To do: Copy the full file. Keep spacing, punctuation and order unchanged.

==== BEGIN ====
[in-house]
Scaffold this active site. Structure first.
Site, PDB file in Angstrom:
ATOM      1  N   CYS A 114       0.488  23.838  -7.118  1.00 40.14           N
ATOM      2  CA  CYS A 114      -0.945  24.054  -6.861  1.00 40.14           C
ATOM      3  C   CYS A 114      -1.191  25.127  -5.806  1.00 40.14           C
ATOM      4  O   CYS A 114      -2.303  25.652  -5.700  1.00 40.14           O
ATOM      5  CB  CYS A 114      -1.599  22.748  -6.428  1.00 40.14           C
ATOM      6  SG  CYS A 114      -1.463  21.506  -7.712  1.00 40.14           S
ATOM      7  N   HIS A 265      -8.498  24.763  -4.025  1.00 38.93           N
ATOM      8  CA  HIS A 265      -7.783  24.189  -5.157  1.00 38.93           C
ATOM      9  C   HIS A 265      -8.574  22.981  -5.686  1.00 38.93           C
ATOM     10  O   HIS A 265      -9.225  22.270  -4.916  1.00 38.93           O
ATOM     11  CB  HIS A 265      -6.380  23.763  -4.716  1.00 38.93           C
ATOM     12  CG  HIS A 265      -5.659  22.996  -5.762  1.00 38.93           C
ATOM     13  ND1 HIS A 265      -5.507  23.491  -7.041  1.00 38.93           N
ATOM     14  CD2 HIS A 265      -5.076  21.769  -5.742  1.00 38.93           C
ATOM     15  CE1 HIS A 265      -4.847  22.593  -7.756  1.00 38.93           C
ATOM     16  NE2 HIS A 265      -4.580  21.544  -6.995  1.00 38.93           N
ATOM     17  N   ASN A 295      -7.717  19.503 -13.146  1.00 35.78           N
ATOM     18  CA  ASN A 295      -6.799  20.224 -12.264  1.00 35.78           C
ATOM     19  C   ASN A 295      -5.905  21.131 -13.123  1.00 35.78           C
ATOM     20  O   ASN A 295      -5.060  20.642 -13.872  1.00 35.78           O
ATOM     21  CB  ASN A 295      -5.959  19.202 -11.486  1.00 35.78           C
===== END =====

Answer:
[in-house]
Scaffold this active site. Structure first.
Site, PDB file in Angstrom:
ATOM      1  N   CYS A 114       0.488  23.838  -7.118  1.00 40.14           N
ATOM      2  CA  CYS A 114      -0.945  24.054  -6.861  1.00 40.14           C
ATOM      3  C   CYS A 114      -1.191  25.127  -5.806  1.00 40.14           C
ATOM      4  O   CYS A 114      -2.303  25.652  -5.700  1.00 40.14           O
ATOM      5  CB  CYS A 114      -1.599  22.748  -6.428  1.00 40.14           C
ATOM      6  SG  CYS A 114      -1.463  21.506  -7.712  1.00 40.14           S
ATOM      7  N   HIS A 265      -8.498  24.763  -4.025  1.00 38.93           N
ATOM      8  CA  HIS A 265      -7.783  24.189  -5.157  1.00 38.93           C
ATOM      9  C   HIS A 265      -8.574  22.981  -5.686  1.00 38.93           C
ATOM     10  O   HIS A 265      -9.225  22.270  -4.916  1.00 38.93           O
ATOM     11  CB  HIS A 265      -6.380  23.763  -4.716  1.00 38.93           C
ATOM     12  CG  HIS A 265      -5.659  22.996  -5.762  1.00 38.93           C
ATOM     13  ND1 HIS A 265      -5.507  23.491  -7.041  1.00 38.93           N
ATOM     14  CD2 HIS A 265      -5.076  21.769  -5.742  1.00 38.93           C
ATOM     15  CE1 HIS A 265      -4.847  22.593  -7.756  1.00 38.93           C
ATOM     16  NE2 HIS A 265      -4.580  21.544  -6.995  1.00 38.93           N
ATOM     17  N   ASN A 295      -7.717  19.503 -13.146  1.00 35.78           N
ATOM     18  CA  ASN A 295      -6.799  20.224 -12.264  1.00 35.78           C
ATOM     19  C   ASN A 295      -5.905  21.131 -13.123  1.00 35.78           C
ATOM     20  O   ASN A 295      -5.060  20.642 -13.872  1.00 35.78           O
ATOM     21  CB  ASN A 295      -5.959  19.202 -11.486  1.00 35.78           C